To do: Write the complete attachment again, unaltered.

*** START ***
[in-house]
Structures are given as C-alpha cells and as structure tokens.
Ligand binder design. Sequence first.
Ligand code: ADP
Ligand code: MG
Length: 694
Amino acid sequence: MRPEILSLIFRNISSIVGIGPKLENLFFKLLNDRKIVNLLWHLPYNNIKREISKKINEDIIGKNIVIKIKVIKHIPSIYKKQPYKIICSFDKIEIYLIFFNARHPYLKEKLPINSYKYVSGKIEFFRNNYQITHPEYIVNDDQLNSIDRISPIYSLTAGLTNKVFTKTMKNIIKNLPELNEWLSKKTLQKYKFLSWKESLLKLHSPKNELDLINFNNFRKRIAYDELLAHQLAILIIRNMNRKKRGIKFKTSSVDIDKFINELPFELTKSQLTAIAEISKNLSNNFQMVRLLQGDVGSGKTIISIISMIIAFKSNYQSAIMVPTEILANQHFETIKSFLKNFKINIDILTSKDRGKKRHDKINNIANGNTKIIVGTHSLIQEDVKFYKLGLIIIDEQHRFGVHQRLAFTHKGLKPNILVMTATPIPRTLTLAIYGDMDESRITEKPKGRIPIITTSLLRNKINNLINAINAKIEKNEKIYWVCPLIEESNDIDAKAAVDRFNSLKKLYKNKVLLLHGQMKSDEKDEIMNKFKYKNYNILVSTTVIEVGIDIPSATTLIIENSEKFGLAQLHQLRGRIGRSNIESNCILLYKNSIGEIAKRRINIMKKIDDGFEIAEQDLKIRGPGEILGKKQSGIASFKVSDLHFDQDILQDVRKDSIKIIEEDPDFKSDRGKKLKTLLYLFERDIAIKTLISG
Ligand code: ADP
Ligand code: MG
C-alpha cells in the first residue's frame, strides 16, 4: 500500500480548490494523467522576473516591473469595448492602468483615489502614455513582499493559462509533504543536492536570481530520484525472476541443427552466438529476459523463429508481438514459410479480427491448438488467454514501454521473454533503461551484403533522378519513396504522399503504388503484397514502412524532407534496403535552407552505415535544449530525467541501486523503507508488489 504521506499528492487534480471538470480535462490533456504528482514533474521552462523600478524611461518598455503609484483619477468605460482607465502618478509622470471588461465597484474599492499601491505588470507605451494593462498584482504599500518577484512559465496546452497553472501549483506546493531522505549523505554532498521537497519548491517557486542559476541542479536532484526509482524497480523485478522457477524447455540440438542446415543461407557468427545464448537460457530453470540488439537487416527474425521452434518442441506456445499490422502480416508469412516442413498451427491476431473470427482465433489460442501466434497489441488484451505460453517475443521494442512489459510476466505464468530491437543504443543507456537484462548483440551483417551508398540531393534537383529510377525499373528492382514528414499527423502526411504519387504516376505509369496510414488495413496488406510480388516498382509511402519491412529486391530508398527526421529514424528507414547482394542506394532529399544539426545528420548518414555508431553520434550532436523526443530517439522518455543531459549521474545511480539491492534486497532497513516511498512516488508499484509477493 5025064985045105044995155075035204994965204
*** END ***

[in-house]
Structures are given as C-alpha cells and as structure tokens.
Ligand binder design. Sequence first.
Ligand code: ADP
Ligand code: MG
Length: 694
Amino acid sequence: MRPEILSLIFRNISSIVGIGPKLENLFFKLLNDRKIVNLLWHLPYNNIKREISKKINEDIIGKNIVIKIKVIKHIPSIYKKQPYKIICSFDKIEIYLIFFNARHPYLKEKLPINSYKYVSGKIEFFRNNYQITHPEYIVNDDQLNSIDRISPIYSLTAGLTNKVFTKTMKNIIKNLPELNEWLSKKTLQKYKFLSWKESLLKLHSPKNELDLINFNNFRKRIAYDELLAHQLAILIIRNMNRKKRGIKFKTSSVDIDKFINELPFELTKSQLTAIAEISKNLSNNFQMVRLLQGDVGSGKTIISIISMIIAFKSNYQSAIMVPTEILANQHFETIKSFLKNFKINIDILTSKDRGKKRHDKINNIANGNTKIIVGTHSLIQEDVKFYKLGLIIIDEQHRFGVHQRLAFTHKGLKPNILVMTATPIPRTLTLAIYGDMDESRITEKPKGRIPIITTSLLRNKINNLINAINAKIEKNEKIYWVCPLIEESNDIDAKAAVDRFNSLKKLYKNKVLLLHGQMKSDEKDEIMNKFKYKNYNILVSTTVIEVGIDIPSATTLIIENSEKFGLAQLHQLRGRIGRSNIESNCILLYKNSIGEIAKRRINIMKKIDDGFEIAEQDLKIRGPGEILGKKQSGIASFKVSDLHFDQDILQDVRKDSIKIIEEDPDFKSDRGKKLKTLLYLFERDIAIKTLISG
Ligand code: ADP
Ligand code: MG
C-alpha cells in the first residue's frame, strides 16, 4: 500500500480548490494523467522576473516591473469595448492602468483615489502614455513582499493559462509533504543536492536570481530520484525472476541443427552466438529476459523463429508481438514459410479480427491448438488467454514501454521473454533503461551484403533522378519513396504522399503504388503484397514502412524532407534496403535552407552505415535544449530525467541501486523503507508488489 504521506499528492487534480471538470480535462490533456504528482514533474521552462523600478524611461518598455503609484483619477468605460482607465502618478509622470471588461465597484474599492499601491505588470507605451494593462498584482504599500518577484512559465496546452497553472501549483506546493531522505549523505554532498521537497519548491517557486542559476541542479536532484526509482524497480523485478522457477524447455540440438542446415543461407557468427545464448537460457530453470540488439537487416527474425521452434518442441506456445499490422502480416508469412516442413498451427491476431473470427482465433489460442501466434497489441488484451505460453517475443521494442512489459510476466505464468530491437543504443543507456537484462548483440551483417551508398540531393534537383529510377525499373528492382514528414499527423502526411504519387504516376505509369496510414488495413496488406510480388516498382509511402519491412529486391530508398527526421529514424528507414547482394542506394532529399544539426545528420548518414555508431553520434550532436523526443530517439522518455543531459549521474545511480539491492534486497532497513516511498512516488508499484509477493 5025064985045105044995155075035204994965204